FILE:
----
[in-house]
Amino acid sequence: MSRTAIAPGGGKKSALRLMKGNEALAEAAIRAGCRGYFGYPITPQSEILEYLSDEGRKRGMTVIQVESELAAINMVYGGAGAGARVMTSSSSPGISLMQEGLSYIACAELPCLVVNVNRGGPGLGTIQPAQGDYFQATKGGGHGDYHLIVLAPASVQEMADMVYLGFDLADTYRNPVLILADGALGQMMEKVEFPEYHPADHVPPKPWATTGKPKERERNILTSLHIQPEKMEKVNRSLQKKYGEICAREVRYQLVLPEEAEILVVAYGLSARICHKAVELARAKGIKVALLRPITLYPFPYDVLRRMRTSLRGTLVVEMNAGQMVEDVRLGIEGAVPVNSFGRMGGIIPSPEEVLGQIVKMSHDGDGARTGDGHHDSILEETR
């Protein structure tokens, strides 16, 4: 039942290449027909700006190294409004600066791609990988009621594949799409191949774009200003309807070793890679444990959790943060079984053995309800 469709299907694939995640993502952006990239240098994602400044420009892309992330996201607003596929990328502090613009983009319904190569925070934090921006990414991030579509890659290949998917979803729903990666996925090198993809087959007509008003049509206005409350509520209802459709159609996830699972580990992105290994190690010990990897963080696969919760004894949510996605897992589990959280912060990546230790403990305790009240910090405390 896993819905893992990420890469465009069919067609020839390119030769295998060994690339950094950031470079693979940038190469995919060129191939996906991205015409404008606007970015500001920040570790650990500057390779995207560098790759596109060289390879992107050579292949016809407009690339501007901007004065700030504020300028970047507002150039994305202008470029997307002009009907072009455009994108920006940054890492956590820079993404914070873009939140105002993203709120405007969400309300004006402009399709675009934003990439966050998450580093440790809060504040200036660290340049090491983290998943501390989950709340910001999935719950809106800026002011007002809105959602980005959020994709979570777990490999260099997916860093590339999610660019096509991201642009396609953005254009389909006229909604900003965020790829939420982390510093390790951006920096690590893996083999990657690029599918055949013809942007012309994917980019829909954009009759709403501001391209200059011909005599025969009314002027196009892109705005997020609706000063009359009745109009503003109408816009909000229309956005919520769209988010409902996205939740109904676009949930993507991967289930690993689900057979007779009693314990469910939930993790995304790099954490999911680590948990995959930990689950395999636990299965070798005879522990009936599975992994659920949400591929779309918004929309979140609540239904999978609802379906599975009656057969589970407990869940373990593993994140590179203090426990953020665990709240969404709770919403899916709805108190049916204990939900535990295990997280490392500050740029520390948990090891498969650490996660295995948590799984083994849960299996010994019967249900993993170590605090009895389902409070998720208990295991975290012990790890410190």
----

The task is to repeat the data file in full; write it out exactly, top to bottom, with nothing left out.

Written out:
[in-house]
Amino acid sequence: MSRTAIAPGGGKKSALRLMKGNEALAEAAIRAGCRGYFGYPITPQSEILEYLSDEGRKRGMTVIQVESELAAINMVYGGAGAGARVMTSSSSPGISLMQEGLSYIACAELPCLVVNVNRGGPGLGTIQPAQGDYFQATKGGGHGDYHLIVLAPASVQEMADMVYLGFDLADTYRNPVLILADGALGQMMEKVEFPEYHPADHVPPKPWATTGKPKERERNILTSLHIQPEKMEKVNRSLQKKYGEICAREVRYQLVLPEEAEILVVAYGLSARICHKAVELARAKGIKVALLRPITLYPFPYDVLRRMRTSLRGTLVVEMNAGQMVEDVRLGIEGAVPVNSFGRMGGIIPSPEEVLGQIVKMSHDGDGARTGDGHHDSILEETR
């Protein structure tokens, strides 16, 4: 039942290449027909700006190294409004600066791609990988009621594949799409191949774009200003309807070793890679444990959790943060079984053995309800 469709299907694939995640993502952006990239240098994602400044420009892309992330996201607003596929990328502090613009983009319904190569925070934090921006990414991030579509890659290949998917979803729903990666996925090198993809087959007509008003049509206005409350509520209802459709159609996830699972580990992105290994190690010990990897963080696969919760004894949510996605897992589990959280912060990546230790403990305790009240910090405390 896993819905893992990420890469465009069919067609020839390119030769295998060994690339950094950031470079693979940038190469995919060129191939996906991205015409404008606007970015500001920040570790650990500057390779995207560098790759596109060289390879992107050579292949016809407009690339501007901007004065700030504020300028970047507002150039994305202008470029997307002009009907072009455009994108920006940054890492956590820079993404914070873009939140105002993203709120405007969400309300004006402009399709675009934003990439966050998450580093440790809060504040200036660290340049090491983290998943501390989950709340910001999935719950809106800026002011007002809105959602980005959020994709979570777990490999260099997916860093590339999610660019096509991201642009396609953005254009389909006229909604900003965020790829939420982390510093390790951006920096690590893996083999990657690029599918055949013809942007012309994917980019829909954009009759709403501001391209200059011909005599025969009314002027196009892109705005997020609706000063009359009745109009503003109408816009909000229309956005919520769209988010409902996205939740109904676009949930993507991967289930690993689900057979007779009693314990469910939930993790995304790099954490999911680590948990995959930990689950395999636990299965070798005879522990009936599975992994659920949400591929779309918004929309979140609540239904999978609802379906599975009656057969589970407990869940373990593993994140590179203090426990953020665990709240969404709770919403899916709805108190049916204990939900535990295990997280490392500050740029520390948990090891498969650490996660295995948590799984083994849960299996010994019967249900993993170590605090009895389902409070998720208990295991975290012990790890410190």